Year in review
Labour and employment dispute case law in Slovenia develops at a slow but steady pace. Some notable cases have contributed to the development of case law in this area.
With regard to claims for the establishment of an employment relationship, the Supreme Court issued a decision (No. VIII Ips 258/2015 dated 5 April 2016) in which it revised the precedent set by existing case law with regard to the procedural preconditions for filing a claim to establish an employment relationship and for challenging an unlawful termination of the employment relationship, which according to previous case law had to be claimed simultaneously. The Supreme Court ruled that imposing such a demand on the employee was too severe and was unreasonable given that an employment relationship that had yet to be established could not be terminated, and particularly since these preconditions did not derive from law but were based on previous case law.
Regarding termination of an employment relationship due to a fault by the employee, the Supreme Court issued a decision (No. VIII Ips 217/2016 dated 4 April 2017) in which it ruled that a termination letter must specify the termination reason and the type of fault must be defined (i.e., intent or negligence). Therefore, the fact that an employee has breached contractual or other obligations arising from the employment relationship does not, in itself, present a valid reason to terminate the employment agreement for fault if the fault is not substantiated in the termination letter.
Regarding claims for reintegration and the related question of broken trust between employee and employer, the Higher Labour and Social Court issued a decision (No. Pdp 78/2016 dated 1 December 2016) in which it ruled that the court must assess whether the continuation of an employment relationship is still possible, depending on the specific circumstances of the case and the interests of the contracting parties. In this regard, the Higher Labour and Social Court pointed out that the reasons for the termination of the employment agreement should not be confused with the circumstances and interests of the disputing parties in relation to the possibility of continuing the employment relationship. In this particular case, the employer claimed that its confidence in the employee was broken because of alleged violations of the employment contract with elements of a criminal offence, even though the state prosecutor found that the employee did not commit the alleged violations and the charges against him were withdrawn. The Court therefore held that the mere fact that a criminal proceeding was in progress against the employee is in itself not a circumstance that would prevent the continuation of the employment relationship. For this reason, the Court granted the employee's reintegration claim. The employer filed for an extraordinary legal remedy against this decision with the Supreme Court, stating that, as the employee worked in the field of childcare in a kindergarten, there was a possibility of negative media coverage and protests by the parents of children, even though the employee did not commit the alleged violations or criminal offences, and therefore it was not in the interests of the employer to continue the employment relationship with the employee as it could severely affect the future work process. The employee responded by raising the point that a criminal proceeding against an employee cannot in itself constitute an admissible reason for termination of an employment relationship by a court ruling, especially in this case as the criminal proceeding against the employee was based on allegations made by the employer (and which later turned out to be unfounded); otherwise this could lead to a situation in which an employment relationship could be terminated regardless of whether criminal allegations subsequently proved to be unfounded.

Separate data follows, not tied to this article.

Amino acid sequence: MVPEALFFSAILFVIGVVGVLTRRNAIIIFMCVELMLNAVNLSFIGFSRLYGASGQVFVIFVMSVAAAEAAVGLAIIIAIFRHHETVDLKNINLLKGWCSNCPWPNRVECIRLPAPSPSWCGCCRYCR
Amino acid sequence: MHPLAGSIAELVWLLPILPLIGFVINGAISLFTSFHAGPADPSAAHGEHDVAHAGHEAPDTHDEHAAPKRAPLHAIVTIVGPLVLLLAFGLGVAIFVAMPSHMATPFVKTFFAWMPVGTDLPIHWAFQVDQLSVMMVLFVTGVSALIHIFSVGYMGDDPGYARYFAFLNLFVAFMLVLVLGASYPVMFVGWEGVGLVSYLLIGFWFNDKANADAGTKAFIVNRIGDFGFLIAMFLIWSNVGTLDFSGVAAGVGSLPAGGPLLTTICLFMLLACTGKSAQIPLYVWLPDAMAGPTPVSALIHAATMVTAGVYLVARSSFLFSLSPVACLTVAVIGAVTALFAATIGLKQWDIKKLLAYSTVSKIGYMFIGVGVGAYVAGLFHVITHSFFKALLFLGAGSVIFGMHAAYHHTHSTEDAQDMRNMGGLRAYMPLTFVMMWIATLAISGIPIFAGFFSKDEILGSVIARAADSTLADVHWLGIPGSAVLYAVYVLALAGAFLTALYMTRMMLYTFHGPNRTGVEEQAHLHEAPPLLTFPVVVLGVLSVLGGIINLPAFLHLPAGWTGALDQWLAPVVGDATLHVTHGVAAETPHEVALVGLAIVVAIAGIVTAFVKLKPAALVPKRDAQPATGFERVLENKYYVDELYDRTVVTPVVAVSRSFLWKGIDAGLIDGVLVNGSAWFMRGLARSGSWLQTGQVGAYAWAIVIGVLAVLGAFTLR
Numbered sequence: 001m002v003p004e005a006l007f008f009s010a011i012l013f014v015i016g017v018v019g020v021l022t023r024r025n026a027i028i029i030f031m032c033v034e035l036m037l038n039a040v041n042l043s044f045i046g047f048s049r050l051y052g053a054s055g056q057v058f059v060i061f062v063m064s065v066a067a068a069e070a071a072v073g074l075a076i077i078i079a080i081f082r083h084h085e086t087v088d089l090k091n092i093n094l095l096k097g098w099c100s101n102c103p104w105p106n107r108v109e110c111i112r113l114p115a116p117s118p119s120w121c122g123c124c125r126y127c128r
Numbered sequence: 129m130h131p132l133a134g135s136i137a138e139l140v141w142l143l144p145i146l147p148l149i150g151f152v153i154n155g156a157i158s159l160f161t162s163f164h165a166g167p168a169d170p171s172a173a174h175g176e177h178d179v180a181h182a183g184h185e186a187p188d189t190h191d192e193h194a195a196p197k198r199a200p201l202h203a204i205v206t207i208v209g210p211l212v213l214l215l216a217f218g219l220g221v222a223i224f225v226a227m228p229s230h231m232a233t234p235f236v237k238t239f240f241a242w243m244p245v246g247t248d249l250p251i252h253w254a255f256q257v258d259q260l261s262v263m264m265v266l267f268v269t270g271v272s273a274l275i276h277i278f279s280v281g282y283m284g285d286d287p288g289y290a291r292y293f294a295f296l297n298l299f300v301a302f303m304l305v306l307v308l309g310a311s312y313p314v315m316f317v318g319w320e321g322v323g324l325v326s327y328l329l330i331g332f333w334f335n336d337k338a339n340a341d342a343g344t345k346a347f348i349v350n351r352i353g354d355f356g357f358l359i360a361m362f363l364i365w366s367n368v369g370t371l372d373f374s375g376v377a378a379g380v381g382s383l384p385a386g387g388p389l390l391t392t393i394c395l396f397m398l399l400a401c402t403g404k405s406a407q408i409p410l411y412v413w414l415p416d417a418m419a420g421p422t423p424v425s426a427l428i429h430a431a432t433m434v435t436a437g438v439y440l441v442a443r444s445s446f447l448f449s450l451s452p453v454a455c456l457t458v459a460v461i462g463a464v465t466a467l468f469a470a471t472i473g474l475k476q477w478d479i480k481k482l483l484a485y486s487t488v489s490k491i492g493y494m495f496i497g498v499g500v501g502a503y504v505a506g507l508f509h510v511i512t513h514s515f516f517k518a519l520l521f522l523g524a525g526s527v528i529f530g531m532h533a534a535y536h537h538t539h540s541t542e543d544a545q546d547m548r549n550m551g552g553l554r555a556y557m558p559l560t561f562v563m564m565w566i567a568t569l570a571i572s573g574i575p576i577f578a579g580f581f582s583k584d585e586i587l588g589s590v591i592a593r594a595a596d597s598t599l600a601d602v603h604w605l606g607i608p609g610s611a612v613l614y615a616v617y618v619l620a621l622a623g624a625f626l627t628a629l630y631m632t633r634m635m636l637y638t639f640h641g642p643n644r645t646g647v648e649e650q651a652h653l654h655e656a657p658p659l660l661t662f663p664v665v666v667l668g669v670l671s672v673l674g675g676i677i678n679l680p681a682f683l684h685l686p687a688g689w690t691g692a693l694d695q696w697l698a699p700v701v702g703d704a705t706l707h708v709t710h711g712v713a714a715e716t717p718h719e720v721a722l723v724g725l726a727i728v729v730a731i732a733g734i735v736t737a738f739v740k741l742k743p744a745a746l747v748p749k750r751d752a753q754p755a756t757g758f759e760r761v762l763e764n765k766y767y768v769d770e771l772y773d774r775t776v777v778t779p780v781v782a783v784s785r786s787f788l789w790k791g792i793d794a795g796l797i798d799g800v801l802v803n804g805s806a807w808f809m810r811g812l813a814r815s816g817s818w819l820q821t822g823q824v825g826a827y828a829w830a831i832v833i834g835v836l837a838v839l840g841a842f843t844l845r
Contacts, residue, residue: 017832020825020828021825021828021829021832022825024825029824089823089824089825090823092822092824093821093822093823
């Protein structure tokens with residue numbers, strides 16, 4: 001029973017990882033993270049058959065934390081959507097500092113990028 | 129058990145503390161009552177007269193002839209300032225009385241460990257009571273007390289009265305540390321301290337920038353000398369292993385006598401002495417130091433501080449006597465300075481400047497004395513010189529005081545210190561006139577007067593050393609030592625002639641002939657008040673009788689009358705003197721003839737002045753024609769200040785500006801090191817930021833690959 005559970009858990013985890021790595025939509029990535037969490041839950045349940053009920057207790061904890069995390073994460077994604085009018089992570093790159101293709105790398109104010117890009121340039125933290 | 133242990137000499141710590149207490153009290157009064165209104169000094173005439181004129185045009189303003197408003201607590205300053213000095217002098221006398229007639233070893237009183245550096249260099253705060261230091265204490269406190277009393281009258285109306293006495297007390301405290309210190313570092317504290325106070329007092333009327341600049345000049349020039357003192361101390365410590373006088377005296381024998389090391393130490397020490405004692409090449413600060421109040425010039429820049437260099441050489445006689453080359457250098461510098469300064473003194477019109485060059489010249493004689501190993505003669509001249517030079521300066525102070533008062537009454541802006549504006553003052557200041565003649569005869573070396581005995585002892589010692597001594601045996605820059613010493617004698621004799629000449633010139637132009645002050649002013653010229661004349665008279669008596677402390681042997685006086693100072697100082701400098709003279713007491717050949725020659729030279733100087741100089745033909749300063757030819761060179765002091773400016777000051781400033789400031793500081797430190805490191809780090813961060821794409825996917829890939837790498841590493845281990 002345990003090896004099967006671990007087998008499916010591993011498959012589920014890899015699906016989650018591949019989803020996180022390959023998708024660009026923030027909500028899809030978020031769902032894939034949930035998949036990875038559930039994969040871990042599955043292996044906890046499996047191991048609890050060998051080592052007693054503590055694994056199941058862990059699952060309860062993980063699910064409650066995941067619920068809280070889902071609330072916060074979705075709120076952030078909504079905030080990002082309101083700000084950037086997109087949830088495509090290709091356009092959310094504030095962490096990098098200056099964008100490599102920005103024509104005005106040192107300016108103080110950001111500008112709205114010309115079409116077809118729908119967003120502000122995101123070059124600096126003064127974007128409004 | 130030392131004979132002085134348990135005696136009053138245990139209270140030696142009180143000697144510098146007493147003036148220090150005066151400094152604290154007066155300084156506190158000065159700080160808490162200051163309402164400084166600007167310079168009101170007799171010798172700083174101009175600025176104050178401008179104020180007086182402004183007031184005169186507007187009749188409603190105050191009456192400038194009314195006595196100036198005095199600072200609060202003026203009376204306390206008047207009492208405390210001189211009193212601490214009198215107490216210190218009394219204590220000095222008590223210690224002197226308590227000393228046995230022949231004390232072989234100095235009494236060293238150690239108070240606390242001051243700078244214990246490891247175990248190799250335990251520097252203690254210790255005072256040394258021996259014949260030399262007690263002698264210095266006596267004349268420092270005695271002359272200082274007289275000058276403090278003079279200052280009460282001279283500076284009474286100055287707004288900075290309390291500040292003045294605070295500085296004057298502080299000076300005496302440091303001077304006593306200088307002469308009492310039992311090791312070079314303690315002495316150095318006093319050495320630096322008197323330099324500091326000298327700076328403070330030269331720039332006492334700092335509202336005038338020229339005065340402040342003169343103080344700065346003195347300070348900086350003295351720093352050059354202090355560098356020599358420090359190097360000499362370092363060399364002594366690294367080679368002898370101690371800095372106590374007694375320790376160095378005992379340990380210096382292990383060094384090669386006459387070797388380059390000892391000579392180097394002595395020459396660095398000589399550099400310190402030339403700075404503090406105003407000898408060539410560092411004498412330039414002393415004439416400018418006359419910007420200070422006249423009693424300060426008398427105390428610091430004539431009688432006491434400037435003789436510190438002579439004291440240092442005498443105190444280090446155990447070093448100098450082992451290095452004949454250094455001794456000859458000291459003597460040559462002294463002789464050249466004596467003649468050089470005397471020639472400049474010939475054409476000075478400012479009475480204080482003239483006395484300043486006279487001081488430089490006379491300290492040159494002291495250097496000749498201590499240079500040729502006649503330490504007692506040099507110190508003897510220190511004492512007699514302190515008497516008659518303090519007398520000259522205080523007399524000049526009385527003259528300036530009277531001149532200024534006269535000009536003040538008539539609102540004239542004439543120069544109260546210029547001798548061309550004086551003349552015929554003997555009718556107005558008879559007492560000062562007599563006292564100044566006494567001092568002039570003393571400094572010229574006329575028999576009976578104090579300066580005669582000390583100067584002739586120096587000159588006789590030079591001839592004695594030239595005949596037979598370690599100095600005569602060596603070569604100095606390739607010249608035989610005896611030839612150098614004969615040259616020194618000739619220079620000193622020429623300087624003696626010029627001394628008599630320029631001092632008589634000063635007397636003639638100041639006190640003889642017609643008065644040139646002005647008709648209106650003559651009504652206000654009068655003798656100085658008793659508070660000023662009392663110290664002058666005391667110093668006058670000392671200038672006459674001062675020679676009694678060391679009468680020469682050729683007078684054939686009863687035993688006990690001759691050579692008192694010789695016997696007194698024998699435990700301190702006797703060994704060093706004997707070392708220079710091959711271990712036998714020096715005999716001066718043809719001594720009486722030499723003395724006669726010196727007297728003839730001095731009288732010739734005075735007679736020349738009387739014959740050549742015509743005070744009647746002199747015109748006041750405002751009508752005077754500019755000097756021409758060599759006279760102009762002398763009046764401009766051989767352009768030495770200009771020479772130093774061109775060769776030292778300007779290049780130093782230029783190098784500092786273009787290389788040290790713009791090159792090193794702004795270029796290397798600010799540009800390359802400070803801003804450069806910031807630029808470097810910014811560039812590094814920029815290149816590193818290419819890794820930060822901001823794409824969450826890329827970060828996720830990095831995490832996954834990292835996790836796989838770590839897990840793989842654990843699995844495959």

This trial is still ongoing and the outcome will produce important case law on the aforementioned issues.
Regarding employment disputes arising from discrimination, the Supreme Court issued two important decisions (No. VIII Ips 24/2016 dated 30 August 2016 and No. VIII Ips 46/2016 dated 21 June 2016) in which it ruled that even though the burden of proof with regard to discrimination claims is on the employer, the employee is not relieved of the procedural duty to substantiate the claim by providing proof of the claim. The employee must therefore precisely define the circumstances that outline the existence of discrimination. Loose statements alone, to the effect that the employer discriminated against the employee, are not enough to transfer the burden of proof to the employer.